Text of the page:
Valence finished! Next comes lighting . . .

For the lighting, I decided to try out some LED tubes. I got a 6 pack of 4 footers from Amazon for $35.

They're very easy to install - basically just install the clips & clip them in. But I did run into a problem with the very first one . . . Apparently, the east end of Saybrook is exactly four feet wide. Problem was - the tube - with the plug - was too long & wouldn't fit!

One of the lessons I'm learning over and over again while building this layout is that you can never anticipate every single problem. And trying to is an invitation to Analysis Paralysis. It's often better to Just Get Started and deal with problems as they come up. The problem with the light length was a perfect case in point. I ended up just routing out enough material to accommodate the plug. Turned out to be a fine solution to what I feared would be an impossible problem!

Lighting done!

And now the roof goes in . . . This was a relatively simple matter of laying the foam board on top, snugging it against the wall and corner, and tracing the outline of the valance so I could cut it to fit.

The roof used up two 4x8 pieces of foam board, cut into three sections to cover the whole staging yard.

But hopefully you'll agree, it came out pretty nice!

That last pic there shows the state of things as of November 20. The idea will be to cover the "slot" between the fascia and valence with some sort of curtain whenever I'm doing any cutting in the shop (that's the area I'm standing in in the photo above). There's really nothing left to do with the boxing in, but I will need to do more on the "east end of Saybrook" area: Vinyl backdrop & paint - and of course structures and scenery.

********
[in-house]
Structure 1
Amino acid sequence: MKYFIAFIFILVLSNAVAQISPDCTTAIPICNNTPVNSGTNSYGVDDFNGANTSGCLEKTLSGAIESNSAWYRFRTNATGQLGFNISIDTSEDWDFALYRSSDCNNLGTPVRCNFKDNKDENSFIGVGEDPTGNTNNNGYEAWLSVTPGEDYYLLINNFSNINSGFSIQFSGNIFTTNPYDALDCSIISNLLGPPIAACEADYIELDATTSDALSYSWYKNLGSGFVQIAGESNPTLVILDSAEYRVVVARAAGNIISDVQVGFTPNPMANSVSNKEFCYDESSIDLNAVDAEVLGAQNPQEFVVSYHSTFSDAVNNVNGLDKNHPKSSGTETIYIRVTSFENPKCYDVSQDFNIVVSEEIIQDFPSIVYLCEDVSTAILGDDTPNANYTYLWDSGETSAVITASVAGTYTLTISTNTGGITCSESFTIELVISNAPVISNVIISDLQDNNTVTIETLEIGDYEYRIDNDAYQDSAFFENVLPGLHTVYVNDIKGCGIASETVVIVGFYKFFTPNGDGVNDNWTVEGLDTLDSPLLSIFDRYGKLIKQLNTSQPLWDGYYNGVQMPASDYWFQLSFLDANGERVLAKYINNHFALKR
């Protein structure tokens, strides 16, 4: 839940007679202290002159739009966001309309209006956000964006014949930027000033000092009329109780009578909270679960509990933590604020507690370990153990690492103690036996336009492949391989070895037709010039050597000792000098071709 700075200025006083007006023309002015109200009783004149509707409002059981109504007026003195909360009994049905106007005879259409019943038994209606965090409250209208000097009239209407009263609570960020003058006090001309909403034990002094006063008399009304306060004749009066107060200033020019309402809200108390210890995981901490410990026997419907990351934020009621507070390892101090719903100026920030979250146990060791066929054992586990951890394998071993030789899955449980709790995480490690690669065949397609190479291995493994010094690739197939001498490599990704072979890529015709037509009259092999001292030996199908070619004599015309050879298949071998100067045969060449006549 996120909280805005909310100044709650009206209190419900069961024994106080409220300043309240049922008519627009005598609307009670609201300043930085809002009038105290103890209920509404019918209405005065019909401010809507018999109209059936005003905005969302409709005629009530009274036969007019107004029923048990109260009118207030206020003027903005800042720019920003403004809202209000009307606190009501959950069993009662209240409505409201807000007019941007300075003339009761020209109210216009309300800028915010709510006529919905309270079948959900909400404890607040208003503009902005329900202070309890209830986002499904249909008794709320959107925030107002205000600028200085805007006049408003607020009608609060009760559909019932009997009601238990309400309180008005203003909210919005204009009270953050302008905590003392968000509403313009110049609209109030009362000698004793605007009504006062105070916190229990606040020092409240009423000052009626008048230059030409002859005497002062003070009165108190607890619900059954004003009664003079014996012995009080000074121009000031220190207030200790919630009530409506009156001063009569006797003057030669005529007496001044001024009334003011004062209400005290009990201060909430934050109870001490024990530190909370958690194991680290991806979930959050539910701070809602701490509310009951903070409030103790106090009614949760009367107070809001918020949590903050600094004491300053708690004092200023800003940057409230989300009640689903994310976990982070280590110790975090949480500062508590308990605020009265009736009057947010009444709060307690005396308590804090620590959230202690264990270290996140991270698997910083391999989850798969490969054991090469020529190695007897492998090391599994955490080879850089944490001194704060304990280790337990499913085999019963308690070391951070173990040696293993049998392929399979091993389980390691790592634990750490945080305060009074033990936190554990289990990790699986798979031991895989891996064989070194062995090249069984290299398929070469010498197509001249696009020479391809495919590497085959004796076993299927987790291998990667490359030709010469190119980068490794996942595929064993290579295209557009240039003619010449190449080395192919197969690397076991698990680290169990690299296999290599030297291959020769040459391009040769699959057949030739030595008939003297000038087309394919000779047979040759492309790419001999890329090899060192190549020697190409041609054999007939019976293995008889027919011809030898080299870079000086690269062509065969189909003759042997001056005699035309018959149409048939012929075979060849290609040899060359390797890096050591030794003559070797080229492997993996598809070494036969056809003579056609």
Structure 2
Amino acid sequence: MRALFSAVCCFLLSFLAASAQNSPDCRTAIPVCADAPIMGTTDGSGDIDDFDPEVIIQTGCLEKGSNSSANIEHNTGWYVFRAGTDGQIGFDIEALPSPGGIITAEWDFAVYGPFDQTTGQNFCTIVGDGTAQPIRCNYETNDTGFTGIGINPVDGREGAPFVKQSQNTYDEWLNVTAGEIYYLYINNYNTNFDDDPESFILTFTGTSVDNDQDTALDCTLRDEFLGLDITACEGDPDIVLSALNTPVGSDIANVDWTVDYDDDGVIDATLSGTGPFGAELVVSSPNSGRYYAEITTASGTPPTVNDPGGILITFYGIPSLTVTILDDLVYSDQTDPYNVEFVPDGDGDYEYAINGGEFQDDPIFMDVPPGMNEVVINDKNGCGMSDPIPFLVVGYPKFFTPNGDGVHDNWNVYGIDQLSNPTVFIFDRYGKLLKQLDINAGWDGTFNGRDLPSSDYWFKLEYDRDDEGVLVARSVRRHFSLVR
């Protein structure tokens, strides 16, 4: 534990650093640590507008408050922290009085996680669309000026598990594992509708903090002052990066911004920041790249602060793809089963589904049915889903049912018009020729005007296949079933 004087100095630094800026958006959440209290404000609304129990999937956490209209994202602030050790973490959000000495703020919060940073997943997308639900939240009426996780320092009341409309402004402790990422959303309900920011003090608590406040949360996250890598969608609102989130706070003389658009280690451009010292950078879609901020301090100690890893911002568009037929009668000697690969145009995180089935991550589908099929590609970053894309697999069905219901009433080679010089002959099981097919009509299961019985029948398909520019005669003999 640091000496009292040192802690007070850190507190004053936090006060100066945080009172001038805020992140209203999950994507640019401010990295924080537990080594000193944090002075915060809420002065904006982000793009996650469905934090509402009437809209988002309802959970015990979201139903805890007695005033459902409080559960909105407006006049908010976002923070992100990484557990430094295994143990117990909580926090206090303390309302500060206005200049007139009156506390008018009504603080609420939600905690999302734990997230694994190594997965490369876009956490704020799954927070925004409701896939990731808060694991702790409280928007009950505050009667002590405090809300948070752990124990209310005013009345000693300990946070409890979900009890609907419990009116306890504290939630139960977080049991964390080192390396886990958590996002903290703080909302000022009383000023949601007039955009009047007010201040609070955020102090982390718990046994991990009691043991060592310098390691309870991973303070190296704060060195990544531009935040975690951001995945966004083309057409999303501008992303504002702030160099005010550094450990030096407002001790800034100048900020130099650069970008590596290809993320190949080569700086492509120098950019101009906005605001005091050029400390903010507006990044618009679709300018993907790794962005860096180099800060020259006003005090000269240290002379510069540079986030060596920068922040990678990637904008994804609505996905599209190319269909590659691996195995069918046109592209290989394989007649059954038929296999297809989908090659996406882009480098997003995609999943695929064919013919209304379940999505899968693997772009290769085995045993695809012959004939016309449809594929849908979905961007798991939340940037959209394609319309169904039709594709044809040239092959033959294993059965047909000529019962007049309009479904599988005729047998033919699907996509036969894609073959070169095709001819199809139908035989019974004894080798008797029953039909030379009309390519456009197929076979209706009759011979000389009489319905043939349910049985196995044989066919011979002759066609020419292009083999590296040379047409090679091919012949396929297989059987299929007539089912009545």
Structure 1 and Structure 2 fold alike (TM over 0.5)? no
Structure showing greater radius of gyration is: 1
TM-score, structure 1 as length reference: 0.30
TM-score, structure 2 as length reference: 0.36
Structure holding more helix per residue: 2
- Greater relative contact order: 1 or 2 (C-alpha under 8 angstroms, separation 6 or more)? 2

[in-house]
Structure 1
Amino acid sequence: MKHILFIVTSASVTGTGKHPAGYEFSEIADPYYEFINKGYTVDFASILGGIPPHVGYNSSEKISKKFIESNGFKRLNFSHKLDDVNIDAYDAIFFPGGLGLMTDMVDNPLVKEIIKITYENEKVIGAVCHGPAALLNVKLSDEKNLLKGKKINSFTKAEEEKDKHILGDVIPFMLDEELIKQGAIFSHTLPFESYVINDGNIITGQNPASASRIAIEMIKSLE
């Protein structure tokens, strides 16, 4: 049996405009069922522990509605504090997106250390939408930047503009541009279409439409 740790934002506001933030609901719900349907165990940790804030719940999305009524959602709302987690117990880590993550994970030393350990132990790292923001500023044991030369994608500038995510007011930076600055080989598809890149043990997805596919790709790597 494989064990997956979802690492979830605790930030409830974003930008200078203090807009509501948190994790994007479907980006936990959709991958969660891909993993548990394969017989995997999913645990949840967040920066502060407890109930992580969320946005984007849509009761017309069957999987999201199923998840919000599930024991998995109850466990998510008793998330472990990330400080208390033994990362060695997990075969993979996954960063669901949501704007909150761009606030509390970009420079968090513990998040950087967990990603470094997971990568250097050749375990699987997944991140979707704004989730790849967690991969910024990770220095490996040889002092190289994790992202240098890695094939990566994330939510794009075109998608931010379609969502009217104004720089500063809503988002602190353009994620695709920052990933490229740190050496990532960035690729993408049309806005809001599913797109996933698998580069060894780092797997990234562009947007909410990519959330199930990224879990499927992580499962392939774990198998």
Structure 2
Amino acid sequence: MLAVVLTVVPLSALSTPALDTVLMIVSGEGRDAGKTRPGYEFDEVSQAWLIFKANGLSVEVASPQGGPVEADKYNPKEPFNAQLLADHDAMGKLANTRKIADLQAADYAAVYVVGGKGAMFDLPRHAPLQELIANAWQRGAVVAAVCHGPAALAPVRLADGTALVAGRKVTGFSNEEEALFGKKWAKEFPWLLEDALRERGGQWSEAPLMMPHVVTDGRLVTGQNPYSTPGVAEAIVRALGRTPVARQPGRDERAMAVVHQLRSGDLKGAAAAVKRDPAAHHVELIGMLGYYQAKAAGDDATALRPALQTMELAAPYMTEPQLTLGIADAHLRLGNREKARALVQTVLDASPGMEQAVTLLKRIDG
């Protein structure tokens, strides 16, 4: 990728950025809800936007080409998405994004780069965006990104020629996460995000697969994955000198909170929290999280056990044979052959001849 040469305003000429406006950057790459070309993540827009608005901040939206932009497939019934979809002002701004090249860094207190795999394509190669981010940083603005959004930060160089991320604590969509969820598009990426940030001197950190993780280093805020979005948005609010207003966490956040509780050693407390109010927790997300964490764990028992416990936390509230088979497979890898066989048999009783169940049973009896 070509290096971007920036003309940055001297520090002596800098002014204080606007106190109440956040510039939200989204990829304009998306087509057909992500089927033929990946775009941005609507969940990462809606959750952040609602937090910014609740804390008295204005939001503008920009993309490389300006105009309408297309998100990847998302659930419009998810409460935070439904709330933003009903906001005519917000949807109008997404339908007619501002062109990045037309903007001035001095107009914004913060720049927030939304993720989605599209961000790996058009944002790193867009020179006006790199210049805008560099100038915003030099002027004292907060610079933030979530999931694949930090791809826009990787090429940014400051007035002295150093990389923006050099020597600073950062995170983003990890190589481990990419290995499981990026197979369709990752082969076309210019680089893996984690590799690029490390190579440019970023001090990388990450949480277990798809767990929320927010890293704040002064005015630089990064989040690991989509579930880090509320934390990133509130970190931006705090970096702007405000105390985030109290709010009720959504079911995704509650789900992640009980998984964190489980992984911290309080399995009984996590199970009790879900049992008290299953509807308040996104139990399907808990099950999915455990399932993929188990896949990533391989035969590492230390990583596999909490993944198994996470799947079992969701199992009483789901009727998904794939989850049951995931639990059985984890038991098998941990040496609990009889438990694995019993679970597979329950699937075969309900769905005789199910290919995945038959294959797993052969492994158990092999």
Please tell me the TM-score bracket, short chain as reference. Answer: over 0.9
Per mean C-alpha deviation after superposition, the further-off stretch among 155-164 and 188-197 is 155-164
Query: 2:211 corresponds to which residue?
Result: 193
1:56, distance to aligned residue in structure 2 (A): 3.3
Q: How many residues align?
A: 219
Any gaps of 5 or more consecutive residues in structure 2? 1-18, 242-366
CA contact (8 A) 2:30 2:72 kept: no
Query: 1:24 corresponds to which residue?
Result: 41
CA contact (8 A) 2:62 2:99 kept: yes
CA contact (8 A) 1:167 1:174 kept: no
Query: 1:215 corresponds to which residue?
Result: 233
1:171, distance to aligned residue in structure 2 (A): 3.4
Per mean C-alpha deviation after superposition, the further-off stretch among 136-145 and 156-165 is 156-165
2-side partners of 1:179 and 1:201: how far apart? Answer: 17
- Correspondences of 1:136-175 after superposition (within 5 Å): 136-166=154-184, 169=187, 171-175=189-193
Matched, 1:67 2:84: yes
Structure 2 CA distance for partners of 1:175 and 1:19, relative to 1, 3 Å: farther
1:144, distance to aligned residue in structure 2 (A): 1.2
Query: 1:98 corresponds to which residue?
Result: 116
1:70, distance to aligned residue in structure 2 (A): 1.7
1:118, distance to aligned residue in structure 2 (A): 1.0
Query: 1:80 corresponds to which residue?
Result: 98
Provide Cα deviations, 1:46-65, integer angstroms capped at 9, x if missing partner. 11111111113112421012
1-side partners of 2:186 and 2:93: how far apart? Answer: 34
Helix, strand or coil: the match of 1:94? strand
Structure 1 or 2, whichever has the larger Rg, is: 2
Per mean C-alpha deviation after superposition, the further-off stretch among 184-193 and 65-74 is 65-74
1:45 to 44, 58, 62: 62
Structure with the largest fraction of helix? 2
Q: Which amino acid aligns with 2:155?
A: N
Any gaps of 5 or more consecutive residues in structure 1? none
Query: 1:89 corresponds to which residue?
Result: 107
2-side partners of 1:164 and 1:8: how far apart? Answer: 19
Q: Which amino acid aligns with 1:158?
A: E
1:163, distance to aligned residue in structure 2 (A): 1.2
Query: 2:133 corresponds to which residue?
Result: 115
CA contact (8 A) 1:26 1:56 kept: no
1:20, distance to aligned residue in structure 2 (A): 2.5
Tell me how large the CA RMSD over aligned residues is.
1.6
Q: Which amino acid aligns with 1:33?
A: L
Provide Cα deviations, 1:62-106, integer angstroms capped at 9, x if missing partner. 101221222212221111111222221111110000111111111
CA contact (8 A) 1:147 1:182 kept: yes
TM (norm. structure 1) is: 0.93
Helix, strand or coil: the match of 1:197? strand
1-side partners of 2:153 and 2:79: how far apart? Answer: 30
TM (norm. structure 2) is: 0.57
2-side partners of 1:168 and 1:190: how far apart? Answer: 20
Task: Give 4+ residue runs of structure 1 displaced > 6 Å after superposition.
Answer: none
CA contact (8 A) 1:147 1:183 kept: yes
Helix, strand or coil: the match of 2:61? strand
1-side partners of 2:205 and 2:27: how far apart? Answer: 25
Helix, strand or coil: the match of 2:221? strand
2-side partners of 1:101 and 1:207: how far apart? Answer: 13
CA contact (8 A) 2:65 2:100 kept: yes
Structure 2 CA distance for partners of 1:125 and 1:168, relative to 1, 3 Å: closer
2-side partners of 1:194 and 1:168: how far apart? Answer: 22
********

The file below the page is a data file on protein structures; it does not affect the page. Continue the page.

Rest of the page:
But it looks like Major Construction on the layout is finally done! The only thing left to do is decide whether to add any valence to the rest of the layout. I'm still mulling that over. I really like the shadow box effect here (and I have it in the Saybrook Scene as well), but I don't know yet if I want/need to replicate that effect across the whole layout (see Mike Confalone's Allagash Rwy for an example of not using valences).

So all that's left to do here is to install the 2nd/last shop light over the bench (I moved the two shop lights from above staging), and do a massive cleanup of this whole area. Those who know me well know that I'm pretty OCD when it comes to keeping my work areas clean and tidy - so the state of things here is a HUGE departure from my norm!